Langner explains what the rogue DLL does by referencing its decompiled code. Basically, the code ensures that it is running on a valid PLC target (making various probes of specific words in memory, checking CPU type and Control Process type, and identifying individual targeted controllers). If it has acquired a target, it injects code directly into the PLC's Ladder Logic (LL). This is the code that directly impacts a physical process.

The Stuxnet LL injection (as shown by Langner in the STEP 7 programming language) changes the OB 35 (a process watchdog that runs on a 100 ms timer). It also hides itself by clearing accumulator registers under various conditions. The keyword DEADF007 triggers an attack condition inside the timer code. (While I was writing this, Symantec released a very nice detailed analysis of the PLC infection process.) In essence, the LL code can be used to disrupt a physical process.

Turns out all those 0day exploits were used to set up command and control for the Stuxnet. The worm uses the network to check for updates and determine whether it has been compromised. It can be updated by peer-to-peer mechanisms, and it can cut itself off from central control.

Why Go To All That Trouble?

According to Kaspersky, the Stuxnet worm has infected well over 100,000 machines, mostly in Iran (which accounts for over 50% of the infections), India, Indonesia, and Pakistan. There is a definite geographic pattern to its spread. Incidentally, Kaspersky calls the malware "the most sophisticated attack ever seen."

The main vector for Stuxnet appears to be USB devices. Theories hold that it was probably designed to be injected (probably unintentionally) by system integrators working directly with the target. Stuxnet also has network spreading capabilities, but it intentionally avoids spreading in a corporate network environment in order to avoid detection.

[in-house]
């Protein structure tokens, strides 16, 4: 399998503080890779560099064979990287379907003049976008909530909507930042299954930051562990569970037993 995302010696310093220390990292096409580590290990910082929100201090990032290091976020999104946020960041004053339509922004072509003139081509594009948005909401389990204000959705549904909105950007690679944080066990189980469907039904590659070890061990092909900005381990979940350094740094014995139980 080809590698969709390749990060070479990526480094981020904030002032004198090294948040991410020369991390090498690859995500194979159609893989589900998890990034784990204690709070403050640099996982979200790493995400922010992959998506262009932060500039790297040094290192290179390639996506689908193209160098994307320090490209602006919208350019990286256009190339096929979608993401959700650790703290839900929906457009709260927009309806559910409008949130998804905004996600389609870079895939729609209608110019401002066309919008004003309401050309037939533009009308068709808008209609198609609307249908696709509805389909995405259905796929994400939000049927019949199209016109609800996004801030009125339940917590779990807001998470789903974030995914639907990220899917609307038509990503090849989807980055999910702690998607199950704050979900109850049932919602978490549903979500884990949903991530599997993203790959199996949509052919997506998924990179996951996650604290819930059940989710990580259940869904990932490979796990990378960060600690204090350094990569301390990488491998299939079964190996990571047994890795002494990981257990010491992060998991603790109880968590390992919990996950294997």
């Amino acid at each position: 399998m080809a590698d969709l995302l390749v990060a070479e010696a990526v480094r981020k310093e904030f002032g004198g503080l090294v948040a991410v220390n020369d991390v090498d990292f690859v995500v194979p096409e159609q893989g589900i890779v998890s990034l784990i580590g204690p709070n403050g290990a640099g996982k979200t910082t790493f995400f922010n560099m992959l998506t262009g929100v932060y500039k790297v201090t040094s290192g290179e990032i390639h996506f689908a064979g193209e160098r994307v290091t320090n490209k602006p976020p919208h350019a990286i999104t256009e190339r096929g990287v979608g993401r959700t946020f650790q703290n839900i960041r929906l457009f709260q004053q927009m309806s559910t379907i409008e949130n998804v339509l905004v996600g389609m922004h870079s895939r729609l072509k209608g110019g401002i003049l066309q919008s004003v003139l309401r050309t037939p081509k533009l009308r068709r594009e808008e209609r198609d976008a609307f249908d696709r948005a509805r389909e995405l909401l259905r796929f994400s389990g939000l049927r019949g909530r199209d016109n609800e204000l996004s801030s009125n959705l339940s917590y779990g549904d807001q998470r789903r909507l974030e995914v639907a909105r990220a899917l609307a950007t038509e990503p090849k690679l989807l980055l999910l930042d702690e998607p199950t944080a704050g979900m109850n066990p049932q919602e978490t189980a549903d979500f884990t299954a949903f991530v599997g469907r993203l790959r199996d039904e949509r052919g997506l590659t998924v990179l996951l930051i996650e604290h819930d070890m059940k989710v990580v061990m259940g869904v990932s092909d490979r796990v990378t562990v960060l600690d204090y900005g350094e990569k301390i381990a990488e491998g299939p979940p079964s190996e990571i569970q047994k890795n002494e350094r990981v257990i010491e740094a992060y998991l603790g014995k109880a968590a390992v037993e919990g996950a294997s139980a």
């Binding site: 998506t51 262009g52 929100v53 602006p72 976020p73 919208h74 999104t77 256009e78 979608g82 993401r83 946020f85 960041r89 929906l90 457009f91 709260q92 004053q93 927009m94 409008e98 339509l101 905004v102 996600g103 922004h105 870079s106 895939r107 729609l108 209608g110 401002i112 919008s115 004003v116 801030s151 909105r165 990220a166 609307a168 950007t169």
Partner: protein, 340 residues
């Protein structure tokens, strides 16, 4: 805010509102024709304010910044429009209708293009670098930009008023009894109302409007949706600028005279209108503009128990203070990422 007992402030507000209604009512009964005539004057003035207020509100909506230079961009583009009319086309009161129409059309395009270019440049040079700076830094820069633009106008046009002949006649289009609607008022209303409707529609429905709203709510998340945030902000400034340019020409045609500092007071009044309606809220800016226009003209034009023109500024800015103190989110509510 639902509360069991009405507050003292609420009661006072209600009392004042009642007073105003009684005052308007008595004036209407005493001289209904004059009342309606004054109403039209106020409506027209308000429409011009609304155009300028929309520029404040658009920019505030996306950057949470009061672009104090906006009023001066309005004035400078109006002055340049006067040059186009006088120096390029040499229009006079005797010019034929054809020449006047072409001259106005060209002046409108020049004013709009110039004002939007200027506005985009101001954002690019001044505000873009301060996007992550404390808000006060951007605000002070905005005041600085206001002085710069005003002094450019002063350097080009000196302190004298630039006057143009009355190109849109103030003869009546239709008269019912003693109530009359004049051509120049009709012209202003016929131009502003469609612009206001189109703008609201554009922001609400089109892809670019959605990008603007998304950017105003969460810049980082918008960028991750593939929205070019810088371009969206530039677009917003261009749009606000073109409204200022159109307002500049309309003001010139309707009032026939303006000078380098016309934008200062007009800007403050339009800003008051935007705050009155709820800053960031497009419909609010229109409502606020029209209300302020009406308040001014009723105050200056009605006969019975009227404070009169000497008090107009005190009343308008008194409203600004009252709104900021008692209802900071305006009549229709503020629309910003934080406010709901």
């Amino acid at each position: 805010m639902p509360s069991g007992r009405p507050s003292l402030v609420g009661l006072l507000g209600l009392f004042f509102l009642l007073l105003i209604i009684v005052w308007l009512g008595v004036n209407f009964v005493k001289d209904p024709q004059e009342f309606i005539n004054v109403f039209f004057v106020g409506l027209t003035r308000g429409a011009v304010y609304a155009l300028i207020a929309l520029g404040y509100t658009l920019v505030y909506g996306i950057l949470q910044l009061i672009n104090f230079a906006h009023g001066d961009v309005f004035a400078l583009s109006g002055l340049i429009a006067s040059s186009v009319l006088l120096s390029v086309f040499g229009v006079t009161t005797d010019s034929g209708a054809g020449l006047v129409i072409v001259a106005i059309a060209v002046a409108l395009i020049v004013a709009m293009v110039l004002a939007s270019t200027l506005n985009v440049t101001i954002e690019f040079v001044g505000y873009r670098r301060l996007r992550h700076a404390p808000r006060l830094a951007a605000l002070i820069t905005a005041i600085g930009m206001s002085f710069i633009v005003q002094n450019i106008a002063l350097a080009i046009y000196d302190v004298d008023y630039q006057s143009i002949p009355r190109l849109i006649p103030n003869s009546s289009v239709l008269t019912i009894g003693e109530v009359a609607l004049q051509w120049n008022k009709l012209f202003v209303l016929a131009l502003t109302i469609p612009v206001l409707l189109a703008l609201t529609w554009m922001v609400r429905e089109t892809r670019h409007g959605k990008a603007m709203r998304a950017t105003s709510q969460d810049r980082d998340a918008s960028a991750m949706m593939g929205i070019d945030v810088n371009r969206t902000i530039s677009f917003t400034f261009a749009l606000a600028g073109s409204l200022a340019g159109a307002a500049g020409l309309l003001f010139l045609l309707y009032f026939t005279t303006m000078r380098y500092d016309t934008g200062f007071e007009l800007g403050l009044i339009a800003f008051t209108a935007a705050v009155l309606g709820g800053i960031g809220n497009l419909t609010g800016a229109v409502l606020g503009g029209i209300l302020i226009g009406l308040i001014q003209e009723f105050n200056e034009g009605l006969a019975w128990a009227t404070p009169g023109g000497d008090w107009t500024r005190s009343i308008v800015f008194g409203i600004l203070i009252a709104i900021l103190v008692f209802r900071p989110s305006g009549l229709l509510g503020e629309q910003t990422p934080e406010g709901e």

The kind of team required to assemble and deliver Stuxnet is worth some consideration. Langner points out on his website that the preparation would likely require a team including intelligence, covert operations, exploit writers, process engineers, control system engineers and product specialists. At the least this team would be tasked with assembling a development and test lab (including the correct process model), gathering intelligence on target specifics, and stealing private crypto keys. That's one reason why many researchers believe this to be the work of a nation-state (or at least a group of contractors assembled by a nation-state) .

Conjecture about why Stuxnet exists is rampant on the web. Some people, including Langner, believe that Stuxnet was designed to target the Bushehr nuclear plant in Iran. Others believe that the target was the uranium centrifuges in Natanz (a theory that seems more plausible to me). Everyone seems to agree that Iran is the target, and data regarding the geography of the infection lends credence to that notion.

And Now for the Bad News

Stuxnet is a fascinating study in the future of malware. Not only did it reveal at least 4 0days (which are still being patched by Microsoft), it clearly demonstrated that physical process control systems of the sort that control power plants and safety-critical industrial processes are ripe for compromise.

Now that the genie is out of the bottle, it is hardly possible to stuff it back in. Expect the techniques and concepts seen in Stuxnet to be copied. Attacks on process control systems are no longer the fantasies of paranoids in tinfoil hats — they are here.